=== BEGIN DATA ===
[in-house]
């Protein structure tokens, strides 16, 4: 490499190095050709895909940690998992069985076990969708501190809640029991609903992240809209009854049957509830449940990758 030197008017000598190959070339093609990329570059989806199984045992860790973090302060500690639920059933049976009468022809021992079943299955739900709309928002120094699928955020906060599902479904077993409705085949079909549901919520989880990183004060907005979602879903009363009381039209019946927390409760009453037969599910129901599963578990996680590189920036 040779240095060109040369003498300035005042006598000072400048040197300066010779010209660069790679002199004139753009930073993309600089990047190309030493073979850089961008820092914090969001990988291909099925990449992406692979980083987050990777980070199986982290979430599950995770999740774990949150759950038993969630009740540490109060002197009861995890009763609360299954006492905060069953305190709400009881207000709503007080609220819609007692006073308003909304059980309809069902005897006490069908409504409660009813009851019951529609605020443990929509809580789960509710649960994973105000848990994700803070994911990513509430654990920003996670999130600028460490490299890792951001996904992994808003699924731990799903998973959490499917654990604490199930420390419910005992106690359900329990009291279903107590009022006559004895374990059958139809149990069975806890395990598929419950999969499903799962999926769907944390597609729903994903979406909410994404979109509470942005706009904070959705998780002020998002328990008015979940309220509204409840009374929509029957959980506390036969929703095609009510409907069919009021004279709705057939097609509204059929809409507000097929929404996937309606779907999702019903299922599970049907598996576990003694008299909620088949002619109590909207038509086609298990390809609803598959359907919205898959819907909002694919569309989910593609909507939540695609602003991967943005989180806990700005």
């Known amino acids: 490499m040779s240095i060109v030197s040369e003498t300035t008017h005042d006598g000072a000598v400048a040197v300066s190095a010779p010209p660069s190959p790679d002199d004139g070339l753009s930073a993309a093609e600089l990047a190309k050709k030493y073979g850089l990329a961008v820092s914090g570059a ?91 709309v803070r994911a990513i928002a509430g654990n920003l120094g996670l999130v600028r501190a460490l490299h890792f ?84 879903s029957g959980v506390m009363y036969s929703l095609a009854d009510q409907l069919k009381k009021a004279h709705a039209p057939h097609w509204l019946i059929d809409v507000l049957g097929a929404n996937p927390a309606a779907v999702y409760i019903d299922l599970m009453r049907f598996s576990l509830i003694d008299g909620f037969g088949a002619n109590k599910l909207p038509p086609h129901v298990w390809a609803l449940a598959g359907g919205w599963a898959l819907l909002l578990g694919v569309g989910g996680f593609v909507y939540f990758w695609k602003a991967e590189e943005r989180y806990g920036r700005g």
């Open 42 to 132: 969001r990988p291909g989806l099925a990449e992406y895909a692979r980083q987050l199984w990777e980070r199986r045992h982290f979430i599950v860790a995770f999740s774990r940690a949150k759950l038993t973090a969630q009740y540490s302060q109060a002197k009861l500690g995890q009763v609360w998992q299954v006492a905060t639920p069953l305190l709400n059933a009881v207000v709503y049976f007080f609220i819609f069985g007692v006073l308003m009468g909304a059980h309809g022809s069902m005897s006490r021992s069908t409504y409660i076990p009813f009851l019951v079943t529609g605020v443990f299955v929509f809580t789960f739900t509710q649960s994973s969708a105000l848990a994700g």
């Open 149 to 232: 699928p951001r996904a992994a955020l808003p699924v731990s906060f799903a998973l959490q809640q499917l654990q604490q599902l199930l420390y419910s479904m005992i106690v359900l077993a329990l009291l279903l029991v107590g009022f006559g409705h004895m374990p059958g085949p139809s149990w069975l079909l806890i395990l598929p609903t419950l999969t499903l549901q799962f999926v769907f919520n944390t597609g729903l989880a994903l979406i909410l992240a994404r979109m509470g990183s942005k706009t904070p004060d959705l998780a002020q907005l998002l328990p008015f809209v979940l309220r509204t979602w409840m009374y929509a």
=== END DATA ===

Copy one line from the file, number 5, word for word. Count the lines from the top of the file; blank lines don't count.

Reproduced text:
């Open 149 to 232: 699928p951001r996904a992994a955020l808003p699924v731990s906060f799903a998973l959490q809640q499917l654990q604490q599902l199930l420390y419910s479904m005992i106690v359900l077993a329990l009291l279903l029991v107590g009022f006559g409705h004895m374990p059958g085949p139809s149990w069975l079909l806890i395990l598929p609903t419950l999969t499903l549901q799962f999926v769907f919520n944390t597609g729903l989880a994903l979406i909410l992240a994404r979109m509470g990183s942005k706009t904070p004060d959705l998780a002020q907005l998002l328990p008015f809209v979940l309220r509204t979602w409840m009374y929509a």